Staunton, Oct. 11 – The conflicts between Ingushetia and Chechnya and between Armenia and Azerbaijan led Moscow to expand the number of questions in the census about languages so that the Russian authorities will be in a better position to prevent or manage conflicts in the future, according to Dmitry Oreshkin.
The political scientist who specializes on the North Caucasus points out that the final text of the census regarding language features three questions rather than one: “Do you know Russian and do you use it in your daily life?” “What other languages do you know and use in your daily life?” and “Which language is your native one?”(kavkaz-uzel.eu/articles/369117/).
Focusing on language provides a better way of determining what nationality people are. It was used in the 1897 census as a marker for ethnicity. In recent years, some peoples in the Russian Federation confuse ethnos and nation, and by asking about language, the census will allow for a more accurate assessment of what an individual’s nationality is.
(Oreshkin doesn’t say, but this language-centric approach has another consequence: it means that the Russian state will tend to ignore ethnic groups who may now speak Russian or another language not their own even if these groups are passionate about their ethnic identity rather than the salvation of their traditional languages.)
According to Oreshkin, Moscow has inserted these questions about language because it wants to know how many Ingush and Chechens or other nationalities are in major cities given that often such people declare themselves to be Russian by nationality but in fact retain their traditional ethnicity.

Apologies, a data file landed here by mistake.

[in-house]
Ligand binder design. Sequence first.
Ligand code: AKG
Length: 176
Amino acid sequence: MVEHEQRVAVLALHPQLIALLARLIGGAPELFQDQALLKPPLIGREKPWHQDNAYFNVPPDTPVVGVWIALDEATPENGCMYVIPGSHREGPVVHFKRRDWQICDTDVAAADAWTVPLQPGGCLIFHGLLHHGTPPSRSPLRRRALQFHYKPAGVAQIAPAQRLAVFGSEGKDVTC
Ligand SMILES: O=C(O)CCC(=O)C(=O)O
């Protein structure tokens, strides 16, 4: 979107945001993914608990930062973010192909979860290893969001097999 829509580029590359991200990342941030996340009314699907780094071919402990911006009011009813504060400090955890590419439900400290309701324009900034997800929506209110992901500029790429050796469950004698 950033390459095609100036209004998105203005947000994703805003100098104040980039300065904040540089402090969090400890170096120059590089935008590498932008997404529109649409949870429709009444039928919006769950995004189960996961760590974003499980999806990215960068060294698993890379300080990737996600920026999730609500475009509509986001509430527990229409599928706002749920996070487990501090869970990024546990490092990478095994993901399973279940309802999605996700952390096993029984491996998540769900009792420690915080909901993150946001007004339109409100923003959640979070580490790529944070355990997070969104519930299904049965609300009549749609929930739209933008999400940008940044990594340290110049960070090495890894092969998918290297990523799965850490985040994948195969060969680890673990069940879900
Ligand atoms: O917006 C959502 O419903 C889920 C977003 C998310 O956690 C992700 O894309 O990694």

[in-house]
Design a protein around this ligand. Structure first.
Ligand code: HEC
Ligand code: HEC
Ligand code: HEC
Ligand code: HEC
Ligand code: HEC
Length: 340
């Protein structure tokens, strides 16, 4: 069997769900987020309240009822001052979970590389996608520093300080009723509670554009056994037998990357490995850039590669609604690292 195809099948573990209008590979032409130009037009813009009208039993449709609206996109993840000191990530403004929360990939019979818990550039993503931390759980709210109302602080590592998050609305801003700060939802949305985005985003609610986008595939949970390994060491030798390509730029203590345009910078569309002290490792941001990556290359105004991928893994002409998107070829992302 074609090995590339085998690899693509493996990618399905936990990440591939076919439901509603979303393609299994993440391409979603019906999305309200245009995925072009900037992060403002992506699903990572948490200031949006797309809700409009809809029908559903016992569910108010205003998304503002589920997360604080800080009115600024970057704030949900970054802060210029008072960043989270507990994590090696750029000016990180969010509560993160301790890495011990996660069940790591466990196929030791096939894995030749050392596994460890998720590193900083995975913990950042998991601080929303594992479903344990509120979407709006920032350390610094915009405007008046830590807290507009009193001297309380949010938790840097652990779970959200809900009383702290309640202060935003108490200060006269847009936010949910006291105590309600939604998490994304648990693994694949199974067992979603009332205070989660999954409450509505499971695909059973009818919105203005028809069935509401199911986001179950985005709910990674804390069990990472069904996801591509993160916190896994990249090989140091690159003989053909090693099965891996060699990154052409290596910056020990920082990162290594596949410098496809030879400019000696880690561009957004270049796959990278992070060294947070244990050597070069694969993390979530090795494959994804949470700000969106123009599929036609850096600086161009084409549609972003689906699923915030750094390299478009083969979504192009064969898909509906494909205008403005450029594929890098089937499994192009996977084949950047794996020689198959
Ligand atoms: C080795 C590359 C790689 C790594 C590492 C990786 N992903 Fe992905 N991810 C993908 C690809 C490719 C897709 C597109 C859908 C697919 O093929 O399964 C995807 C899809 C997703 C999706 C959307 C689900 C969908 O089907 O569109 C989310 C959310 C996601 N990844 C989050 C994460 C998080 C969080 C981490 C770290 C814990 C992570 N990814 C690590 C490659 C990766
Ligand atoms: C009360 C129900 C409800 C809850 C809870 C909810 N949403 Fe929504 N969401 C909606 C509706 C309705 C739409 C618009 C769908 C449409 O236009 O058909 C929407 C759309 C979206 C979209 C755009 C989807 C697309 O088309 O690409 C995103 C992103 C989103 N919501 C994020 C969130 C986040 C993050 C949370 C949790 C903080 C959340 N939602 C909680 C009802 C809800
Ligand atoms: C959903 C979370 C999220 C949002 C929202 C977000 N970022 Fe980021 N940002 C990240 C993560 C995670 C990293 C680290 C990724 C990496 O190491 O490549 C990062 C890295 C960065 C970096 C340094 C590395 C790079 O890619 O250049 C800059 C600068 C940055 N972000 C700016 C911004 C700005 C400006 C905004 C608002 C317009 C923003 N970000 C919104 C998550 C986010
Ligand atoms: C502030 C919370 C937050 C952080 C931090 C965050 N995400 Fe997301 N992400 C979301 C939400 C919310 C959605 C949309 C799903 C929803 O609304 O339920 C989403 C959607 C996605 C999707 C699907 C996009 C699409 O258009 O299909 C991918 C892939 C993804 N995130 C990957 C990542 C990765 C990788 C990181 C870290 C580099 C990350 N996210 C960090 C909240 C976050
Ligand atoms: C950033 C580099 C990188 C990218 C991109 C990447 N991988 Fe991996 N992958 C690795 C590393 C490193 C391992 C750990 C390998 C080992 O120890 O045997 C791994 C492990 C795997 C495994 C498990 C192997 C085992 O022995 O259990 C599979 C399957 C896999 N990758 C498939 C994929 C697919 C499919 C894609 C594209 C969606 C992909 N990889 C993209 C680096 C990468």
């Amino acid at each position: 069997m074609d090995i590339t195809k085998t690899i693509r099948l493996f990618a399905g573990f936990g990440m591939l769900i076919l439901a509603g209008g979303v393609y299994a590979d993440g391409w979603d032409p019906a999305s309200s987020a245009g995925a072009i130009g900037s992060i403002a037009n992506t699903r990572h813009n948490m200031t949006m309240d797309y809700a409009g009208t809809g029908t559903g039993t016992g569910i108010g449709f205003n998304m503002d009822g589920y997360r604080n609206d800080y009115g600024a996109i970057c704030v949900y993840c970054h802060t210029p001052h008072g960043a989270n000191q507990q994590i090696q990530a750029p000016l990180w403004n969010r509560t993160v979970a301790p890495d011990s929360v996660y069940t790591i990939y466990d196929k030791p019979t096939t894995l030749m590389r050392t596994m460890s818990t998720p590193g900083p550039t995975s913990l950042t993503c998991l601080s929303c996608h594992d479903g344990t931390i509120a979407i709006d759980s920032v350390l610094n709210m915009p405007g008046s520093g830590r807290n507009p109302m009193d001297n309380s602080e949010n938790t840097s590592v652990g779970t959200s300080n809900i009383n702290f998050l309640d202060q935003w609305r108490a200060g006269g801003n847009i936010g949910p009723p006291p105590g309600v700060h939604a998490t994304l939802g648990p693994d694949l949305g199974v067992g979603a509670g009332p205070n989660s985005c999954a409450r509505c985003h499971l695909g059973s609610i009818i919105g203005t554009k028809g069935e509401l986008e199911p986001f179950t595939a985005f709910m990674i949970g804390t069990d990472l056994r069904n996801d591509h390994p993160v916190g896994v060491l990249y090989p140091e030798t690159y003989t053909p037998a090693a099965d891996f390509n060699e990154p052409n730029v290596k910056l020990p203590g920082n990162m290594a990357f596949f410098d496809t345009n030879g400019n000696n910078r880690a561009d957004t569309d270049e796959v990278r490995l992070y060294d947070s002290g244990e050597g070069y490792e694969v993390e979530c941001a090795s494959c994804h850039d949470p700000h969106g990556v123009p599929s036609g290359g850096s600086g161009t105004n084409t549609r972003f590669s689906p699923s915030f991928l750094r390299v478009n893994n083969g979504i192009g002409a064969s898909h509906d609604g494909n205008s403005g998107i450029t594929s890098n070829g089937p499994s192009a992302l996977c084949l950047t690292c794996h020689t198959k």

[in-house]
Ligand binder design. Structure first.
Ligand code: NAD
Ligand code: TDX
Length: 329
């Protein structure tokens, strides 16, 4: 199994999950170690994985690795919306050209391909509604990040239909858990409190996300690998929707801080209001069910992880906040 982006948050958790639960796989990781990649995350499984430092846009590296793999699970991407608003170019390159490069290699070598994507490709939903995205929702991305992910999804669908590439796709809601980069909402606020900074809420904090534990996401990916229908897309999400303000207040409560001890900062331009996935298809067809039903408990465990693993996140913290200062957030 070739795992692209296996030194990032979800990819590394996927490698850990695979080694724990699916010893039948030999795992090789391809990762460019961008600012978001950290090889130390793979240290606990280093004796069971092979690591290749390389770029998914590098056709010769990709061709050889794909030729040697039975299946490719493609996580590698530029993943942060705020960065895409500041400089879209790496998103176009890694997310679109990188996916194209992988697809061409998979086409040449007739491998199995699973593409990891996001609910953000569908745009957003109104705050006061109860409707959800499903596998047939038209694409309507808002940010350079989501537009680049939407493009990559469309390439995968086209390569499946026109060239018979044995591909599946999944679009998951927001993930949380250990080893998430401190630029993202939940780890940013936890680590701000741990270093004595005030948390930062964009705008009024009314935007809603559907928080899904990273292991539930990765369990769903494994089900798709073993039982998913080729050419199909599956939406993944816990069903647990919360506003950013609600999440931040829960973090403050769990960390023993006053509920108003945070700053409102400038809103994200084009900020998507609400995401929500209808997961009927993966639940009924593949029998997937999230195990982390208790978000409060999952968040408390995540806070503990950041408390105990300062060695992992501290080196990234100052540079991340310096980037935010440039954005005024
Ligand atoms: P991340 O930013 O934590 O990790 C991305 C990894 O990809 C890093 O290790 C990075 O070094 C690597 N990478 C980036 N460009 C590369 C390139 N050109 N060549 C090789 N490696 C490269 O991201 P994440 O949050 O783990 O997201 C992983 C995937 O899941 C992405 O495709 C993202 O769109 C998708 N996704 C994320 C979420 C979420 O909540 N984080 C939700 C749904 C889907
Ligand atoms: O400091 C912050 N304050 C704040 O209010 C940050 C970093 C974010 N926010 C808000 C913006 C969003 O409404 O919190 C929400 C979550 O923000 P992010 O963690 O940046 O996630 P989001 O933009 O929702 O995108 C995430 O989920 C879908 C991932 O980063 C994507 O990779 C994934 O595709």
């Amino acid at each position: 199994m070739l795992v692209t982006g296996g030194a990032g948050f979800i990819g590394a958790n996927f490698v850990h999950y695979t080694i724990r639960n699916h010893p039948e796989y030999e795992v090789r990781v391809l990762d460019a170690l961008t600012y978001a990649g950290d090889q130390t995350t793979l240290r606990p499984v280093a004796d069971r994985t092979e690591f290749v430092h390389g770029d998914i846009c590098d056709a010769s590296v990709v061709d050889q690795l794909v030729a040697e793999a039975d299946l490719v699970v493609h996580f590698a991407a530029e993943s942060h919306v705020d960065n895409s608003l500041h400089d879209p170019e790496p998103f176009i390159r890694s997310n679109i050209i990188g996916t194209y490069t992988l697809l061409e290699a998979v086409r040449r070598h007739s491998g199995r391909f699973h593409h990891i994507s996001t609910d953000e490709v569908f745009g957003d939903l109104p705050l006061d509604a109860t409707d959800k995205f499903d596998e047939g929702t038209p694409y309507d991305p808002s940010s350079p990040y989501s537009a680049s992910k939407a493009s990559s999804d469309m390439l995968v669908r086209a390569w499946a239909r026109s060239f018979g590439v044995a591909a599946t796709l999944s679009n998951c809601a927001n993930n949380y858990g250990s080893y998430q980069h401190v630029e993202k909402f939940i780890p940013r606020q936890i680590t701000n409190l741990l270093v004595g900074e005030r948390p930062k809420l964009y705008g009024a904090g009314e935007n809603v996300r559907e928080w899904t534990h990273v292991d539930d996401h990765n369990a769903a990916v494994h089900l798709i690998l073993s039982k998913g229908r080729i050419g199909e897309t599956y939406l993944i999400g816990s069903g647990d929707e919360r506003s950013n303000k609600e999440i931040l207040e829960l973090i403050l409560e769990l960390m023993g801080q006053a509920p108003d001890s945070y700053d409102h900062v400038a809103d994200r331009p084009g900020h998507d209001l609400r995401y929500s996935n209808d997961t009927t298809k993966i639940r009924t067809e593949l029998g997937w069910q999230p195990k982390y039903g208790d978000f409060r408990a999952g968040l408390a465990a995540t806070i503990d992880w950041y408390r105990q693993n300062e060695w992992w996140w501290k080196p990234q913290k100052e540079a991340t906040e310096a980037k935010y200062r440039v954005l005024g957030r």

Margarita Lyange, head of the Guild of Inter-Ethnic Journalism, says these additional questions have another purpose: they allow the authorities to determine what languages target audiences in fact speak and adjust Russian media and propaganda accordingly.
And Aleksey Gunya of the Institute of Geography, however, says that in his view all this is about an effort on the part of the authorities to stress the role of the Russian language, something Putin appears to care more about than even the ethno-national composition of the population of the country.
In the North Caucasus, issues of ethnic membership are especially fraught. The various Circassian peoples are being encouraged by ethnic activists to identify as a single Circassian people. But Shamsudin Neguch, one of their number, says local officials are “quietly but insistently” opposing the idea.
Especially local officials but also Moscow are frightened by the prospect of a Kabardino-Balkaria, in which “suddenly ‘disappear’ the Kabards and appear the Circassians. This is their logic. This is something that they cannot completely control and that means it is a potential threat.
In Daghestan, the situation is just the reverse. There local officials want micro-nationalities to assimilate to one of the four or five major nationalities, while Moscow and most demographers are opposed. And in Astrakhan Oblast, many people who formerly described themselves as Tatars or Kazakhs appear set to declare themselves Nogays.
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